Saturday, October 31, 2020

Content and configuration

TL;DR -- Continuing theme that might become more major than not.  

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It has been encouraging of late to see several things happening, almost concurrently. Let us just list these with some comment. As a reminder, our portal (TGSoc.org) is where we support 'content' for things dealing with all aspects of the Thomas Gardner Society, Inc. as well as our interest in All Things Gardner. 

With this listing, we have to take little side trips (with curating being done a little later). There have been several studies being done that were disparate for the most part but had overlap, too. That, folks, is how life is. And? The computer has messed things up. Why? It'll provide a nice, beautiful numeric overlay that almost looks real. We can talk two senses, for now: where simulation reigns and appears as if to mimic nature (not, folks, as even with a tightly bound, smart sensor/reactor scheme, there is residue from the operational mathematics underlying the computational - basically, a rephrase of what the academics (CompSci) talk about, but not); or, in robotics, where we have seen the evolution come to machine learning, there is still that reliance upon the numeric/compute dynamic which looks very smart with its quick, huge abacus collective - marvelous -  which by no means approaches intuition of the talented human. 

Now, that's a mouthful, but it's offered liked Halloween candy, yet not. Our problem is how to bring more than hermeneutics into the technical experiences of now. And, we can learn from the past. Need to. The issue, though, is that the past five decades have us now in a bind of unknown proportions and types. This is not a political observation. No, of course, human affairs are complex. And, people have to make decisions. That's the point; offloading our responsibilities to a computer (with origins in Silly Valley or China or elsewhere) does not wisdom make (think Emerson, for one - yes, we have 400 years to look at in terms of the U.S. experience).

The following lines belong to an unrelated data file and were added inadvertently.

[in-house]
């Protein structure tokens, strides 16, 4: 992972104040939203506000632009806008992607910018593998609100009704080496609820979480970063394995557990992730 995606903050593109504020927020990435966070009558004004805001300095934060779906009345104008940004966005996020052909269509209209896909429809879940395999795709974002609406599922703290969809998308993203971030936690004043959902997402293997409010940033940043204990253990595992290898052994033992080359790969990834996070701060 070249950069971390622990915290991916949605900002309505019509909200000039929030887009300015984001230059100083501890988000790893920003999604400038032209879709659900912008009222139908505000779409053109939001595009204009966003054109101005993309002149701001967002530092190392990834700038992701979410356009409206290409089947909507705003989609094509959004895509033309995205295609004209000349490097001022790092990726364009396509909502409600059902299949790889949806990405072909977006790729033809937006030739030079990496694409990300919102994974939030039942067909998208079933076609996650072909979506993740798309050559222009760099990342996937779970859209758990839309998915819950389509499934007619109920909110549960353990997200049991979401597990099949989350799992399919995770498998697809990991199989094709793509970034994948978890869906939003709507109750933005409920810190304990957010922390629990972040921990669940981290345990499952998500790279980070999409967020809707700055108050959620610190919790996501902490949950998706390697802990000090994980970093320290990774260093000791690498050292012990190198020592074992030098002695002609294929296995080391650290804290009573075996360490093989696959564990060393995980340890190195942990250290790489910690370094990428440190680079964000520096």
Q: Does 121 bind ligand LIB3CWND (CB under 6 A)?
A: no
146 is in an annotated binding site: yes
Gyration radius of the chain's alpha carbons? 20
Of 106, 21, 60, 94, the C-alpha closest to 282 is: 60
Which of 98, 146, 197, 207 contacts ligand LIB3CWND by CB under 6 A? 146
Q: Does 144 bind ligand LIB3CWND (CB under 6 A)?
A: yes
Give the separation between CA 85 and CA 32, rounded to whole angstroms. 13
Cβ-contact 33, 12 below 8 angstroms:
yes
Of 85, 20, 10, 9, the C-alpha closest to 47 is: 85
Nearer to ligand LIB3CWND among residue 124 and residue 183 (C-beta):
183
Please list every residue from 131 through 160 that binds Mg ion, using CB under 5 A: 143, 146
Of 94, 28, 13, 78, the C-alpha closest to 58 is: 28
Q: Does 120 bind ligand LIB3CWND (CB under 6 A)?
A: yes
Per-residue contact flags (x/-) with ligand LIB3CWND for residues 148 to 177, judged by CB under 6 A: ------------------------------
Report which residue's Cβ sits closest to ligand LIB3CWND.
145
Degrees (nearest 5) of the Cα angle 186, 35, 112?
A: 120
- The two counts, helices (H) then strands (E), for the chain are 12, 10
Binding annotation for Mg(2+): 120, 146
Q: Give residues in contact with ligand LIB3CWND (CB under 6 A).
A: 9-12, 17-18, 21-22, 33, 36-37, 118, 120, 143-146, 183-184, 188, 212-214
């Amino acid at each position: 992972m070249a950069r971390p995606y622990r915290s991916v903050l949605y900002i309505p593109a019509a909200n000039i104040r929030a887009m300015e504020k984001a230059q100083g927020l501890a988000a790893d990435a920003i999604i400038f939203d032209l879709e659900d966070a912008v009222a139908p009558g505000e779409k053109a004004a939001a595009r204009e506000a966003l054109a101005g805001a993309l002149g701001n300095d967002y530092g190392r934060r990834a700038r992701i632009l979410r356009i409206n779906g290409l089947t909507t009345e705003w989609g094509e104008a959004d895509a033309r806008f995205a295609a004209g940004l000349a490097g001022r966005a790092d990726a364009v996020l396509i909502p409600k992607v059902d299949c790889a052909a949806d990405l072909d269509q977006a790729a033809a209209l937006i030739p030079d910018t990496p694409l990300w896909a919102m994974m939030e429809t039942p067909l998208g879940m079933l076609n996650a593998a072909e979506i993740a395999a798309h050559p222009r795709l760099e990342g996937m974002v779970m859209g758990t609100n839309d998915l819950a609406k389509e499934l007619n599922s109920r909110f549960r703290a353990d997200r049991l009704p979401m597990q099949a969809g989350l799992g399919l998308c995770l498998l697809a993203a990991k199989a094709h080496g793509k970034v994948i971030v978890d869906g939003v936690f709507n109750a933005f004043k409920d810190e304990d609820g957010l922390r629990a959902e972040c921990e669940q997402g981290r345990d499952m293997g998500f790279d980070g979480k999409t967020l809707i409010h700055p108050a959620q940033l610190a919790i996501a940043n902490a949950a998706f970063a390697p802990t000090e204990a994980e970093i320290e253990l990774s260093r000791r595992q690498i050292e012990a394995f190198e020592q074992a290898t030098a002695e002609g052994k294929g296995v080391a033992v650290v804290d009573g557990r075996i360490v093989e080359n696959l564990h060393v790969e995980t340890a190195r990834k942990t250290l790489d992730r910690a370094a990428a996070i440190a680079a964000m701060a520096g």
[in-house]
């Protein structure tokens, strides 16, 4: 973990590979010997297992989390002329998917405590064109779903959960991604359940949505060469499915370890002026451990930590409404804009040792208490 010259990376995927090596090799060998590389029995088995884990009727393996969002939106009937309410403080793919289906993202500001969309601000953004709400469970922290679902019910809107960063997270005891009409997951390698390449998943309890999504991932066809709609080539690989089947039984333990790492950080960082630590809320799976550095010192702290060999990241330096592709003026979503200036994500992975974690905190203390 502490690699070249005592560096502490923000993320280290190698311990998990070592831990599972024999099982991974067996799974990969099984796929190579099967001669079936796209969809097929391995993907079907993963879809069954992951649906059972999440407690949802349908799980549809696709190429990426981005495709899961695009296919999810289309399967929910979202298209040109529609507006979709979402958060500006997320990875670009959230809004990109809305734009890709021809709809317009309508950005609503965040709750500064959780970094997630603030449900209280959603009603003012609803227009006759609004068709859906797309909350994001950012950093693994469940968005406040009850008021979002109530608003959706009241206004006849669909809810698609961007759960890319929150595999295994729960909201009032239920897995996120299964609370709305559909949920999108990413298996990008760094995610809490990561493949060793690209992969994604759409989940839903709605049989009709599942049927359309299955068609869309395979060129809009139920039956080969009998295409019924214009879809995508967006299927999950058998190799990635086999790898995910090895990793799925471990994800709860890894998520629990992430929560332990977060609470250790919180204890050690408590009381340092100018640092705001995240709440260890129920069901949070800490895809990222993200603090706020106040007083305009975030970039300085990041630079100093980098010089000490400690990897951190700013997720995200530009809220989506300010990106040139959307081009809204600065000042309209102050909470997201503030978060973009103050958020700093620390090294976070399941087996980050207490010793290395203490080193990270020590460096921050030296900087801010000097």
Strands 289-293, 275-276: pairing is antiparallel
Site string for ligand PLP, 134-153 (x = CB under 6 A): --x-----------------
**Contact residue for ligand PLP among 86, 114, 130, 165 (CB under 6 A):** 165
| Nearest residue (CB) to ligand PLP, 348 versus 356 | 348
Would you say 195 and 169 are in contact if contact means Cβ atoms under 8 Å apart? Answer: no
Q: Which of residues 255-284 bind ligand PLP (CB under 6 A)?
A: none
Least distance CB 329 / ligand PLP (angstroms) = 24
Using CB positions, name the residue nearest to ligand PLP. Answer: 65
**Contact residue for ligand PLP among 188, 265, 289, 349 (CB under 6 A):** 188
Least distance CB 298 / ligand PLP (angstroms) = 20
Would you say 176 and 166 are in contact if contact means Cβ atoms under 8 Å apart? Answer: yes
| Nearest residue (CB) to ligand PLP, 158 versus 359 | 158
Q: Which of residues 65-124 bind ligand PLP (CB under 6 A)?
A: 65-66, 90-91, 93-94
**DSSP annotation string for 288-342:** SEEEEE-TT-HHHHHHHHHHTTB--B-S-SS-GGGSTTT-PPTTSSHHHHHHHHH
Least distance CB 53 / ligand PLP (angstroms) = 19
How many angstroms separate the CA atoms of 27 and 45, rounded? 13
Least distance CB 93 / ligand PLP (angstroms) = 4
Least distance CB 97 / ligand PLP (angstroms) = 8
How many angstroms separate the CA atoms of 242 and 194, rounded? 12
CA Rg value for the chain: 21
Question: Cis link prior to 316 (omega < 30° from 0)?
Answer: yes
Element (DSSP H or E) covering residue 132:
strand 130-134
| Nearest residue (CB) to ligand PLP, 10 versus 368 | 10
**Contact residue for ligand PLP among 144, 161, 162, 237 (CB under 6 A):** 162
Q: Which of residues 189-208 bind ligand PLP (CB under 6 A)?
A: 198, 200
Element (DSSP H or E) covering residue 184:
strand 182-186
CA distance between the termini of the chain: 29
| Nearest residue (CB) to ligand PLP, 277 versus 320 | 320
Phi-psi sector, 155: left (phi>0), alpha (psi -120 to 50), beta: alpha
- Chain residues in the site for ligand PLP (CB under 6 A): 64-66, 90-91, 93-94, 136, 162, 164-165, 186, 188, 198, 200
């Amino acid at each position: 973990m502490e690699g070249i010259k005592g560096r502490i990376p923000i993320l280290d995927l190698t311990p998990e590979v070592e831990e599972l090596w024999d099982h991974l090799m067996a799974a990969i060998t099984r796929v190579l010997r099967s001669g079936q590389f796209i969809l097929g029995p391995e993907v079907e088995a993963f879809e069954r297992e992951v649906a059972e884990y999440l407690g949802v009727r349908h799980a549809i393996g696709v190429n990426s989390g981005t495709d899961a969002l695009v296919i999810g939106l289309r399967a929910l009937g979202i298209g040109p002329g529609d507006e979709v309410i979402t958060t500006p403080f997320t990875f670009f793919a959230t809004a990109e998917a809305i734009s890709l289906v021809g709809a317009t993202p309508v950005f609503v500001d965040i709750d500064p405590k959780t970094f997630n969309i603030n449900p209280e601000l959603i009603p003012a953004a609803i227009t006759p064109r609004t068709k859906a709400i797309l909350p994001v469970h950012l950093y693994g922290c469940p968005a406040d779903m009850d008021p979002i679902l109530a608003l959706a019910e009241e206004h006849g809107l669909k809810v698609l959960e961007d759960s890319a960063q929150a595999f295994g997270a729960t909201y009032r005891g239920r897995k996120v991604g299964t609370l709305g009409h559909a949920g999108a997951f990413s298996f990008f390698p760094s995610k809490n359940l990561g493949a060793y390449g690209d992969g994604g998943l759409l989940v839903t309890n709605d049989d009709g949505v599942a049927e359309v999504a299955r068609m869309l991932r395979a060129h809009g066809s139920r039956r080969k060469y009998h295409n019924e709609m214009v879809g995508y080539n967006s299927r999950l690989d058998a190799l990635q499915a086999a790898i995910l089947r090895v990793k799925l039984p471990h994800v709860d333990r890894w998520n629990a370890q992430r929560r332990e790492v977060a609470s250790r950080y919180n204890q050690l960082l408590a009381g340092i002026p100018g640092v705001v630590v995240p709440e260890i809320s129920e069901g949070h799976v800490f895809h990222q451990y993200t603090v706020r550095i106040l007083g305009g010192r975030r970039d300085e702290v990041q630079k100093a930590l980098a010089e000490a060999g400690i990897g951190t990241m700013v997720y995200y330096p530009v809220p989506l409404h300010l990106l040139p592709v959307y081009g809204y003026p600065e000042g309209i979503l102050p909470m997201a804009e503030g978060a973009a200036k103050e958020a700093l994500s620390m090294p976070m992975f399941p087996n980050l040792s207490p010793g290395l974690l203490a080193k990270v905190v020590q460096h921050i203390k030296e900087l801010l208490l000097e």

Now, those two studies? One was look at John Gardner's relationship with Giles Corey. That covered a decade where the changes through that time were in parallel with those in the technology world. But, too, we were learning. What lesson cropped up? Curating. We need to start to spend time with that; however, it will be done in the context of content and configuration. Right now, we'll say this: one person's content is another's configuration. There are plenty of computer examples to use. Later. 

Now, the other deals with an adage and breaking it. Namely, we blokes here (norte of the americanas) ought to handle our own stuff. Let us tell you, the frontier experience of the U.S. is even worse than that of the Great Migration for various reasons. Yes. England had no parallel with this. You might see it elsewhere; however our experiences (US) after the Revolution can be a huge wealth of data. So, we look at our stuff here and let the Brits do their thing on their side. But, the focus on Margaret is forcing us to look at the Fryer/Friar family which is not here. The context: Editing Margaret's past. When one looks at Sherborne, there are many Gardner families (Dorset region). Friar seems to be lesser in size of the data set. So that is one motivator. 

However, we are using technology to do this, in a manner that was not available a decade ago. The first notion of this area, beyond reading John's comments (about his talks with his father), was in 2014. There has been some indexing of a slew of images. But, people have warned of these. A lot of the work might just be stepping through images (not unlike scrolling the pages on the micrograph device), except that it's easier.